Direct Download Running Time 45min. Music from Martin Solveig, "Big in Japan"

The associate and affiliate cricket podcast is an attempt to expand coverage of associate tournaments by obtaining local knowledge of the relevant nations. If you have or intend to go to a tournament at associate level - men's women's, ICC, unaffiliated - then please get in touch in the comments or by email.

Cricket - Associate - Podcast 4th September, 2014 23:31:37   [#] [0 comments] 

Losses don't always matter; Ratings 4th September
Russell Degnan

5th TestEnglandvIndia
Pre-rating1068.11112.0
Form+28.4-63.8
Expected MarginEngland by 28 runs
Actual MarginEngland by an innings and 244 runs
Post-rating1084.71082.6
Series rating1293.7906.8

It is hard to know quite what to make of India's capitulation at the tail-end of this series. Any team can have a once-off, but the last three tests saw increasingly pathetic efforts, with a first innings of 148 in 61 overs, seemingly inevitably followed by a 29 over second innings of 94. The shots weren't always terrible, but the ease with which the English bowlers found the edge of the bat was alarming. That England could make 486, even helped by some poor fielding, showed there was nothing untoward in the pitch.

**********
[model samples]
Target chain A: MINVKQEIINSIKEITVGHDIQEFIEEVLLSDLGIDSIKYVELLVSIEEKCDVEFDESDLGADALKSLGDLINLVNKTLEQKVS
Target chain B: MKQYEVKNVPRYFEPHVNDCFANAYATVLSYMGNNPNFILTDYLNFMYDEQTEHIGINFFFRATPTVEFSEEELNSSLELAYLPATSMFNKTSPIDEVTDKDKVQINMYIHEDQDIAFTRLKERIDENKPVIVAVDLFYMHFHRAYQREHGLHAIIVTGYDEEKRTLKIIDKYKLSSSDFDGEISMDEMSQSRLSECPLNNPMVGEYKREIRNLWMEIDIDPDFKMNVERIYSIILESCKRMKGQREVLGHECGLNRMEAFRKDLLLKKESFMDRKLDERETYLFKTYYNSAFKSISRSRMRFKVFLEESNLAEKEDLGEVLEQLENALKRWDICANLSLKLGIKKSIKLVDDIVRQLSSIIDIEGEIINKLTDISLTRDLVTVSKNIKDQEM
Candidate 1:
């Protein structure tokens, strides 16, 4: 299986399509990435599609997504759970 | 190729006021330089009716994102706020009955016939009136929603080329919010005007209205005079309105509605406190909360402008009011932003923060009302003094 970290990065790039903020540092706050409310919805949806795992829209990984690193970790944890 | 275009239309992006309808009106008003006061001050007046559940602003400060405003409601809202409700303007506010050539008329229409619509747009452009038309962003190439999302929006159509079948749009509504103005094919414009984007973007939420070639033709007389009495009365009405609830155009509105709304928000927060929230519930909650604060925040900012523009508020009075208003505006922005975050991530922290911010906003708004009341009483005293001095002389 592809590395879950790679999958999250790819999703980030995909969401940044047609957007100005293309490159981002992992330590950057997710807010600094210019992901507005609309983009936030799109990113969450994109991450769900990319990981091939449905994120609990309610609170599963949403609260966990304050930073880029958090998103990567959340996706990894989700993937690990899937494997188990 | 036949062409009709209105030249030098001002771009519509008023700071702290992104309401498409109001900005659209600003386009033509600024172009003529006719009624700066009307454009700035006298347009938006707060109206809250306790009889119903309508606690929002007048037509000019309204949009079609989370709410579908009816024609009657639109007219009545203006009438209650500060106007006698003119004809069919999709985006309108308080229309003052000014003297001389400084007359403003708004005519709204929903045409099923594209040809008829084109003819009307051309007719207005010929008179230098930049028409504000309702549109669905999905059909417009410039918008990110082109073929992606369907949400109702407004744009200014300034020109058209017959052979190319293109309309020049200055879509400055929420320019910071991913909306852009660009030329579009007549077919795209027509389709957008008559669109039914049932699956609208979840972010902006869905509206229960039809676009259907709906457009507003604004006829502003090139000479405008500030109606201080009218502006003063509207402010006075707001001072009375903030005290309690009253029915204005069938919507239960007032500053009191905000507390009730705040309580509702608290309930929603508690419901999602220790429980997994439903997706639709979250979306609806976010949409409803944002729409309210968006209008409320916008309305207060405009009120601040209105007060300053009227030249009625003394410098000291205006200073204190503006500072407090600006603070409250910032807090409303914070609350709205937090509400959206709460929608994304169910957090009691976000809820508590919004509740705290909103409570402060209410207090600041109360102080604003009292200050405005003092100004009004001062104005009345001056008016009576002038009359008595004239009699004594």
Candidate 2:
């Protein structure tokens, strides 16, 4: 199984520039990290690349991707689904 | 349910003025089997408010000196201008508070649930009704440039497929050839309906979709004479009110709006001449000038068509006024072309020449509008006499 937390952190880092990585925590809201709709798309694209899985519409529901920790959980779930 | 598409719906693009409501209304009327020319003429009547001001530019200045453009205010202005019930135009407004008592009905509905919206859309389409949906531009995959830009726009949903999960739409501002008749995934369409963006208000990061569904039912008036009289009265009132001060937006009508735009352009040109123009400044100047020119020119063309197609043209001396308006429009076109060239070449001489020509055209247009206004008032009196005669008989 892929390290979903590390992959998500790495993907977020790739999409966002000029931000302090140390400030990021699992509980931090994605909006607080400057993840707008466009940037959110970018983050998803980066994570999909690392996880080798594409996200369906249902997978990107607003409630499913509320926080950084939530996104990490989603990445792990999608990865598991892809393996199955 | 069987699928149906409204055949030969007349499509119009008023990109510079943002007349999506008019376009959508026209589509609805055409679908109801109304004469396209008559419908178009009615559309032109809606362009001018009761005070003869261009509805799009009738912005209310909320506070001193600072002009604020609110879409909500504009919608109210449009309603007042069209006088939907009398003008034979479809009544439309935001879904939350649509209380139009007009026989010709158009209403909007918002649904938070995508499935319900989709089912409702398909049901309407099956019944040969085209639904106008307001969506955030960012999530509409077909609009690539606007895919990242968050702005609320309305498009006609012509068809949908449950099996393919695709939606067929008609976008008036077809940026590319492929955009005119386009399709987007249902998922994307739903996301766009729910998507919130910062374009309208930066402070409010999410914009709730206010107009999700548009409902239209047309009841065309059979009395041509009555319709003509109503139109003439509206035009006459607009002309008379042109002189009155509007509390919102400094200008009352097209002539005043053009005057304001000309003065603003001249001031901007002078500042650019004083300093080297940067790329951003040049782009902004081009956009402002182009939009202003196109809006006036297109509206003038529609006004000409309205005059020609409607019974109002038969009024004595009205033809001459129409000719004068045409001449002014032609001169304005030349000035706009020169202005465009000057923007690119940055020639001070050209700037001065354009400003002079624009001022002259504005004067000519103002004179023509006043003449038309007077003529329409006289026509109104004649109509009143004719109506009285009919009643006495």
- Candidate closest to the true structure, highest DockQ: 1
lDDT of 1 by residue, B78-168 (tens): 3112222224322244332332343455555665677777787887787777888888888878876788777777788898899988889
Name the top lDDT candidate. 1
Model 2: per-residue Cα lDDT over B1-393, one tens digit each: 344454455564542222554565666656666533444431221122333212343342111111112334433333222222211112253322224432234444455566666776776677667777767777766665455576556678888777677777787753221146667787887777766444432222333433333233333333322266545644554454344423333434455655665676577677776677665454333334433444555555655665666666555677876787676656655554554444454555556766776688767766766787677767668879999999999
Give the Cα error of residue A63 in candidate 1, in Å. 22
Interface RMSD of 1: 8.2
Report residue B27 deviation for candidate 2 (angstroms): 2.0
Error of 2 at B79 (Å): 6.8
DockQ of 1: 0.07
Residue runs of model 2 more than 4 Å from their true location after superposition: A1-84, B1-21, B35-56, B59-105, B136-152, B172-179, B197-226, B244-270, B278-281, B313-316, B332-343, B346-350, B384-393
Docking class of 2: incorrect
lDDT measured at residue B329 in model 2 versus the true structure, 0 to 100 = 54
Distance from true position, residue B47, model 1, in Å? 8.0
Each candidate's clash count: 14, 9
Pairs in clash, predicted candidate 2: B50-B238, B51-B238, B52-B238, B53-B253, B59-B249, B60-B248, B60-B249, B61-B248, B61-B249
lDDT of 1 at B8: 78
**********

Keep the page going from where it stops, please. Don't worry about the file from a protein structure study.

India, plainly talented, and as seen in the one-day series, capable of much better, just didn't seem to mind if they lost. In a dead-test, in a long but condensed series, perhaps that is understandable. Nor is it the first time they've seemingly quit. Shipped around the world to pay back political favours on the ICC board; loved for their boost to the hip-pocket, but not their play; and adored at home regardless of what happens on foreign soil. A loss without consequence, a win without meaning. At least it didn't take long to play out.

England's efforts in the last three test restored them to third in the rankings, but by a miniscule margin over India and Pakistan, with Sri Lanka lurking. With something to play for, and a little grit to go with the angst, we might have seen some interesting cricket these past few months. In the end though, we had some excellent games, but a bit of a blur. For England too, unfortunately, everything remains geared to next summer.


2nd TestSri LankavPakistan
Pre-rating1043.81086.8
Form+14.6-19.0
Expected MarginSri Lanka by 29 runs
Actual MarginSri Lanka by 105 runs
Post-rating1050.11078.2
Series rating1152.3979.1

Pace bowlers like to play off at being big dogs, snarling and menacing, apparently capable of ripping out a throat. Rangana Herath is a short-legged terrier, seemingly harmless, but relentlessly aggressive, letting go only when his opponent is subdued. It earned him 14 wickets in this match, 9/127 in the first innings and 5/57 in the second, as he bowled Sri Lanka to a series victory. It was a hard-fought win, grinding out 320 in the first innings; over-coming a 12 runs deficit to post a defendable target in the third. Sri Lanka didn't dominate with the bat, but they nullified Saeed Ajmal, who bowled 79 overs for only 4 wickets and 166 runs. That was sufficient to give Herath something to bowl to, and he did the job.